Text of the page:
Nuts to you Baby!

July 2, 2009 at 8:49 am Leave a comment

Nuts and seeds are healthy,  but need to be treated cautiously
Nuts and seeds are healthy, but need to be treated cautiously

So when do you introduce nuts and seeds?  And how?  The best way may be to try my Pepita Pesto recipe …!

There is a lot of discussion these days about nut allergies, especially peanuts.  If your child has a nut allergy it can be a very scary experience since peanut oil is used in many processed foods.  Now with clear labelling it is getting easier for parents and children to identify foods that they can and cannot eat.

When it comes to your baby’s diet it is important to know when you can introduce nuts and seeds.  Nuts and seeds are highly nutritious and should be included in a child’s diet if there is no allergy.  High in omega 3 fats they are important brain food for babies, kids and adults, this good healthy fat helps a growing brain, builds a healthy immune system and builds and protects the nerve system.

The exact age of when to introduce nuts is anytime after a year, using your parental discretion and instinct.  Seeds can be introduced a little earlier, around 10 months; again, trust your instinct.  Here are some of the facts surrounding nuts, seeds and allergies.  I say use your instinct because allergies are dependent on various factors:

  • Family Allergies – if you, your partner or another child in the family has allergies the chances of your child getting an allergy increases
  • Breastfeeding – the longer you breastfeed the chances of your child developing an allergy decreases
  • Introducing Food – if you wait until 6 months to introduce food, the chances of your child developing an allergy decreases
  • Food Schedule – if you introduce food following a schedule and you introduce new food one item at a time, the chances of your child developing an allergy decreases

There has been no substantial evidence that eating peanuts in pregnancy will cause or prevent a peanut allergy. The same can be said about breastfeeding.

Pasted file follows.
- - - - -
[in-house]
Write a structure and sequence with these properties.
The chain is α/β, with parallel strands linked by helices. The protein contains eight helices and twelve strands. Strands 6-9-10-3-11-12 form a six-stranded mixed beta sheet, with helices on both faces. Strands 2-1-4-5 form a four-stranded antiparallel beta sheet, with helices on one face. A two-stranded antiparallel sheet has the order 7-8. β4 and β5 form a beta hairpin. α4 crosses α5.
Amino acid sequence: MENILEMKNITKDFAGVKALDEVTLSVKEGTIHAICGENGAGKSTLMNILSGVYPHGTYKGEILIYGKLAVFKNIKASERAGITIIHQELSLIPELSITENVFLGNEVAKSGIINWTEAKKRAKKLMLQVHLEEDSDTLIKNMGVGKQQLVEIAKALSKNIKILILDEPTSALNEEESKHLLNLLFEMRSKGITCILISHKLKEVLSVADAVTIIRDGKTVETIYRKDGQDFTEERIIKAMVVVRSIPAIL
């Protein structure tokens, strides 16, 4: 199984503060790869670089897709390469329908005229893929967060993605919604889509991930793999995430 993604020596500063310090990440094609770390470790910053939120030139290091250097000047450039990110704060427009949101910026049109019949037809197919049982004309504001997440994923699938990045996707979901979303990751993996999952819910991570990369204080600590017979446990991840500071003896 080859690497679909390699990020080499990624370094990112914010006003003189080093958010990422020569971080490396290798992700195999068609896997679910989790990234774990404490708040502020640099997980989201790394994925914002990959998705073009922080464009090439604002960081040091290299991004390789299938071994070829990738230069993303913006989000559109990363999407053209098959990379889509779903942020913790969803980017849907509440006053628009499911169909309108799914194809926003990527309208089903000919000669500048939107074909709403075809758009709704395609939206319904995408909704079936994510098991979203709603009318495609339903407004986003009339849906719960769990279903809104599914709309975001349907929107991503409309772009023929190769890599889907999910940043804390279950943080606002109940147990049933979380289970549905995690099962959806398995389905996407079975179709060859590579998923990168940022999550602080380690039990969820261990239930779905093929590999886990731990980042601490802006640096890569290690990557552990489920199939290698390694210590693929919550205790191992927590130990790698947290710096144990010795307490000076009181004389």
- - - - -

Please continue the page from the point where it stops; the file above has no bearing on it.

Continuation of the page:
I believe that the fear around nuts needs to be mitigated.  While it is important for children with a nut allergy to feel safe; it is also important that children who do not have nut allergies to not miss out on these nutritional powerhouses.  Nuts are a great after school snack or a treat if your toddler is at home and will not be interacting with other children.

Here are some ways of adding nuts and seeds to your baby and toddler’s diets

  • Grind nuts and seeds in a coffee grinder and sprinkle them on hot cereal (like oatmeal)
  • Add ground seeds and nuts to a smoothie
  • Try a nut butter like almond or cashew, these are delicious on slices of apple or pear
  • Add almond milk to a smoothie.  You can easily make your own by following this recipe
  • Soak nuts in fresh water.  This makes the nuts easier to eat and also makes their nutrients better absorbed
  • Add nuts or seeds to your child’s cookie recipes (like this one!)
  • Try my recipe for Pepita Pesto – it is a hit in our house and a flavourful way to get some greens!

Here is a list of nuts and seeds from least allergenic to most.

Good –> Poppy Seed, Pumpkin seed, Sunflower seed, Carob, Macadamia Nut, Pistachio Nuts, Cashews, Flax Seeds, Coconut, Chocolate (cocoa bean), Sesame seed, Almond, Brazil Nut, Pecan, Walnut, Hazelnut (filbert), Peanut <– Bad

Pepita Pesto

This pesto will keep for a week in the fridge or 3 months in the freezer; if you don't eat it all!
This pesto will keep for a week in the fridge or 3 months in the freezer; if you don’t eat it all!

Pepita is Spanish for pumpkin seed.  The pumpkin seed is quite prevalent in Mexican cooking.

  • ½ C raw pumpkin seeds
  • 2 cloves garlic
  • ½ t salt
  • 2 C basil
  • 1 C spinach
  • 1/3 C olive oil

In a dry frying pan toast the pumpkin seeds over high heat until they begin to pop (5 min.) and turn a light brown.  Put the toasted pumpkin seeds in a food processor and add garlic and salt.  Pulse until coarsely ground.  Add the spinach and basil.  Process until everything is chopped fine.  Running your processor, pour the olive oil slowly into the processor (through the hole on the top of your food processor).  Continue until you get a smooth consistency, you may have to stop and scrape the sides of the processor occasionally. You can add water, by the tablespoon if the pesto is not smooth enough.   Once you have reached the consistency you like in a pesto, put the pesto in a jar.  It will keep for a week in the fridge.  It can also be frozen for up to 3 months.

Try this pesto on crackers, pasta, in yogurt as a dip.  It’s so good, you may just eat it off the spoon 😉  And why not it’s a great source of healthy fat and dark greens!


Entry filed under: 1 Year, 10 months, Allergies, Breastfeeding, Cookies, Dips, Finger Food, Herbs & Spices, Introducing Food, Nuts and Seeds, Toddlers, Vegetables. Tags: , , , , , , .

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